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Malaysian GRAND PRIX PREVIEW

29 Sep - 01 Oct
Round 15 of 20
28 Sep 2017
Sepang International Circuit, Kuala Lumpur

The Malaysian Grand Prix leads us into the final quarter of the 2017 Formula One World Championship. Hosted at the Sepang International Circuit, this year’s race bids farewell to the final Malaysian GP since its inception in 1999. The circuit has been famously temperamental with regards to weather so we head into the weekend prepared for all eventualities. Due to its stadium-like layout, Sepang’s street circuit is another firm favourite for spectators, providing a view of almost half the track for those with grandstand seats. Malaysia’s final Formula One race, coupled with all that’s left to play for in both the Drivers’ and Constructors’ Championship, makes for an exciting weekend with large and passionate crowds expected! 

MILESHOURS TO TRAVEL

TOTAL MILESHOURS TRAVELLED THIS SEASON

TYRE ALLOCATION

  1. ULTRASOFT
  2. SUPERSOFT
  3. SOFT
  4. MEDIUM
  5. HARD
  6. INTERMEDIATE
  7. WET

For Malaysia, Pirelli has made available the medium, soft and supersoft tyres.

DRIVER TYRE SELECTION

Circuit

Direction
Clockwise
Lap Distance
5.543km
Longest Straight
1029m
Top Speed
323kph
Average Speed
194kph
Altitude
41m above sea level
Lap Record
1.34.223 Juan Pablo Montoya, Williams, 2004

Race

Number of Laps
56
Race Distance
310.408km
Typical Strategy
2 or 3 stop Race
Pitlane Length
419m
Best Finish
5th

Weather

Air Temperature
31°C
Air Pressure
1008mbar
Humidity
56%

FW40

Downforce Level
High
Cooling Requirement
High
Fuel Consumption
1.88kg/lap
Full Throttle
47% of lap
Paddy Lowe

Malaysia, with Singapore, is an equally extreme circuit in terms of ambient temperatures, and has even more potential for thunderstorms and rain arriving from nowhere than we saw in Singapore last weekend. I remember being on the grid in Malaysia with the heat so great that my feet were burning through my shoes! It’s a great shame that this is the last time that Formula One will be racing at Sepang International Circuit for the foreseeable future, so we are determined to make the most of it. The Malaysians are very enthusiastic for the sport, and the circuit has delivered some very exciting races over the years. It's a well-rounded track giving credit to power, downforce and driver skill. So it is one where Williams hope to perform more strongly than we were able to do in Singapore.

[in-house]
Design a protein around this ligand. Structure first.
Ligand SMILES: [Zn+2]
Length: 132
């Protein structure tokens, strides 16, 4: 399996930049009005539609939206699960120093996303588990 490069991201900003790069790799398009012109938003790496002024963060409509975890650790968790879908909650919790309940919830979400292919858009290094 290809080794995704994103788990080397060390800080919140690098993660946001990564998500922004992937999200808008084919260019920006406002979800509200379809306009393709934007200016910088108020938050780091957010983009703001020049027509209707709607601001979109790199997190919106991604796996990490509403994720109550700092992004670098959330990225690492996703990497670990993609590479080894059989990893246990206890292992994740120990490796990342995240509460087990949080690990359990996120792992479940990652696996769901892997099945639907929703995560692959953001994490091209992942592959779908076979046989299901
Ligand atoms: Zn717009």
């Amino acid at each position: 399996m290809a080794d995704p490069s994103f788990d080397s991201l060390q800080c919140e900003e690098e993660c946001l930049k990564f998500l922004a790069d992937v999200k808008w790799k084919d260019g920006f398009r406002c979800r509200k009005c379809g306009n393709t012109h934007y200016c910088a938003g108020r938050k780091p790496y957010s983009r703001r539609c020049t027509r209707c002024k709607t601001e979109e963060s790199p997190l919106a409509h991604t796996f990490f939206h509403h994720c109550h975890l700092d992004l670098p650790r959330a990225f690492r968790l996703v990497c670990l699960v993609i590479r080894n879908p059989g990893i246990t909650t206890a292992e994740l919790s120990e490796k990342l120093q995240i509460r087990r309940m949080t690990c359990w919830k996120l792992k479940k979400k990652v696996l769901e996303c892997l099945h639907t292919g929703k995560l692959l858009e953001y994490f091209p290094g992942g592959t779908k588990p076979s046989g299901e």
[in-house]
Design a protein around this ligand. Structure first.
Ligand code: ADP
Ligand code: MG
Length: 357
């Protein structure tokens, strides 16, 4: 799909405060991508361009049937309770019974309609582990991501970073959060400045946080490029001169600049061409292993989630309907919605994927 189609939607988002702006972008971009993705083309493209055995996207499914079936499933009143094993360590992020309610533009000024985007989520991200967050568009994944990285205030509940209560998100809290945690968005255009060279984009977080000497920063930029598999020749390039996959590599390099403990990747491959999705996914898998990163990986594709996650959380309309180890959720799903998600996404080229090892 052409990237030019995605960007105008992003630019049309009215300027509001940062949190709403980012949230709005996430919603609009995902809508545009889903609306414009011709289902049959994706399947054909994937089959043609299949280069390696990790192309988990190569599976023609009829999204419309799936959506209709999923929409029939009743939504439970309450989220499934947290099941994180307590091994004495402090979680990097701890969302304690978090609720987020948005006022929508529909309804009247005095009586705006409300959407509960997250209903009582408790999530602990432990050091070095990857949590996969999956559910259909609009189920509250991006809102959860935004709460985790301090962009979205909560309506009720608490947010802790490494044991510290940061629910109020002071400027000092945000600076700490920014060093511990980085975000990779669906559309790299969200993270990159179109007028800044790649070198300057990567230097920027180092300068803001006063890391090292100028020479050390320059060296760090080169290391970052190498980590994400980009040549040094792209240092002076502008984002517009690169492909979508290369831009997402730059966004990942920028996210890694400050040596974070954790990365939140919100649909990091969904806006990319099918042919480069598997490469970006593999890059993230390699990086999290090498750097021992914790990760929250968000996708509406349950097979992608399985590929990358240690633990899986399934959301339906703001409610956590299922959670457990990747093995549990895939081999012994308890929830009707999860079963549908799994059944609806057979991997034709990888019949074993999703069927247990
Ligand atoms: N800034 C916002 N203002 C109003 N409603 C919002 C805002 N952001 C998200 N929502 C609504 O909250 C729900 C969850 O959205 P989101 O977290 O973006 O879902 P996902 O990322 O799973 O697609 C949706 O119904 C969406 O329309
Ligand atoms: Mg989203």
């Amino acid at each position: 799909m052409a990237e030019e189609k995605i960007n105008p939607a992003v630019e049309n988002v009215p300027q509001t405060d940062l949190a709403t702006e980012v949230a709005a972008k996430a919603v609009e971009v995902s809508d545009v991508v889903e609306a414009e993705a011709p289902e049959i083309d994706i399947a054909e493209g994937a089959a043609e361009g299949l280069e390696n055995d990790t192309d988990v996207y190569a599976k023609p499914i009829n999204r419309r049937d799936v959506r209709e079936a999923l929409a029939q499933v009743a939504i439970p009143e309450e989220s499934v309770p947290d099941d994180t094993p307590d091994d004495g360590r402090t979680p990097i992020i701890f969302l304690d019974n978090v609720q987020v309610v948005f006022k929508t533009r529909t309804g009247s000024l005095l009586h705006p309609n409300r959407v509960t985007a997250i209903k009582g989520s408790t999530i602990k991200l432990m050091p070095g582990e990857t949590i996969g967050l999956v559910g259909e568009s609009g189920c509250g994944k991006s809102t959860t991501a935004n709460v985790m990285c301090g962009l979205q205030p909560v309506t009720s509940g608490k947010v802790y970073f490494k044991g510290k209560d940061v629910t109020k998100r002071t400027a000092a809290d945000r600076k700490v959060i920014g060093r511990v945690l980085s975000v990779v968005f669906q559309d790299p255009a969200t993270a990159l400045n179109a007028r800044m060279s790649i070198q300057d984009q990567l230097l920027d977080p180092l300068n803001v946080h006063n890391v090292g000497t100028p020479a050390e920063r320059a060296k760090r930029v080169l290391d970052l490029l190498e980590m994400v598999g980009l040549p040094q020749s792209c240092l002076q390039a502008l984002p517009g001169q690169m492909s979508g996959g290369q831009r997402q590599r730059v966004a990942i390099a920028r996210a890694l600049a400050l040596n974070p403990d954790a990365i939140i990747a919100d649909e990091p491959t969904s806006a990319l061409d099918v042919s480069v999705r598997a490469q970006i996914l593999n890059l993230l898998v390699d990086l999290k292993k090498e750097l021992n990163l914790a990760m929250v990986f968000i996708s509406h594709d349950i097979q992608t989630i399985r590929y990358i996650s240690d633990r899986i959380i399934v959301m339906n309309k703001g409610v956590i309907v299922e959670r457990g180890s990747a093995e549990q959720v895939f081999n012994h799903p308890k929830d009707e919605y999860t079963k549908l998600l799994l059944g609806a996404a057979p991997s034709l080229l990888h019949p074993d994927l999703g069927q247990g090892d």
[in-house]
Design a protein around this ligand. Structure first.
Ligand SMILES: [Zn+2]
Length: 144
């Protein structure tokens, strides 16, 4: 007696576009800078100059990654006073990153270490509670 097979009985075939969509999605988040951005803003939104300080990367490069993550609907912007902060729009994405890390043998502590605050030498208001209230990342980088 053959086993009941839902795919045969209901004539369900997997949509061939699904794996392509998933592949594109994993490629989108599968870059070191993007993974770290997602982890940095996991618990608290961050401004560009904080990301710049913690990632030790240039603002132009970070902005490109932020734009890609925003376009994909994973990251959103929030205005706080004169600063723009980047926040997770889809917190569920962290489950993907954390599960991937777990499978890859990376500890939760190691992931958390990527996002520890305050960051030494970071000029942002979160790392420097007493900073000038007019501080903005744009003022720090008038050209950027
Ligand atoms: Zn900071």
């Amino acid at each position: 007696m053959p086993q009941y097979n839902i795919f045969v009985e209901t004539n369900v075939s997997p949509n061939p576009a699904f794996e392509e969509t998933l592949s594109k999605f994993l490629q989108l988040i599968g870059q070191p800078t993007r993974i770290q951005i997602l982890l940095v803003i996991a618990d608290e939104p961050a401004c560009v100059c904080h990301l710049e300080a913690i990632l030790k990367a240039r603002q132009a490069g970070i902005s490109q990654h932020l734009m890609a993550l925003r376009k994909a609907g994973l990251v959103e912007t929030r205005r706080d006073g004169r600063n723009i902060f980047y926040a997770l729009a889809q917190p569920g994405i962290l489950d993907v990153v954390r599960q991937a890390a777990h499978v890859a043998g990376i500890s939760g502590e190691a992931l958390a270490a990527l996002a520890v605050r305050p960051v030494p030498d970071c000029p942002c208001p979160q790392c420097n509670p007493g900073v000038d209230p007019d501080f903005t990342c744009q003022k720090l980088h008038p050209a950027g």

Felipe Massa

The race in Malaysia is another one held in very hot and humid conditions, but for this we go back to racing in the daylight. Without doubt it will be very difficult physically and us drivers will lose a lot of fluids. It is a shame that this will be our last F1 race there, as I like racing there and have some friends who live around Kuala Lumpur. I really hope we can enjoy this and it is a great last race for the fans.

Lance Stroll

The second of our three Asian races should be fun, as I like the look of the track in Malaysia and certainly seems a great one from a driver’s point of view.  The area that looks like a lot of fun, especially in this year’s cars, is that S and a couple of high-speed corners, which are turns five/six or six/seven. The other thing I have noticed is it tends to rain a lot there, and it often comes down suddenly and heavily, so we are going to have to be prepared for everything.  Also, as this is the last time we shall race there, I want to make the most of this opportunity.

Watch this Grand Prix at the Williams HQ

Treat yourself to a Williams Race Day and a tour of our collection.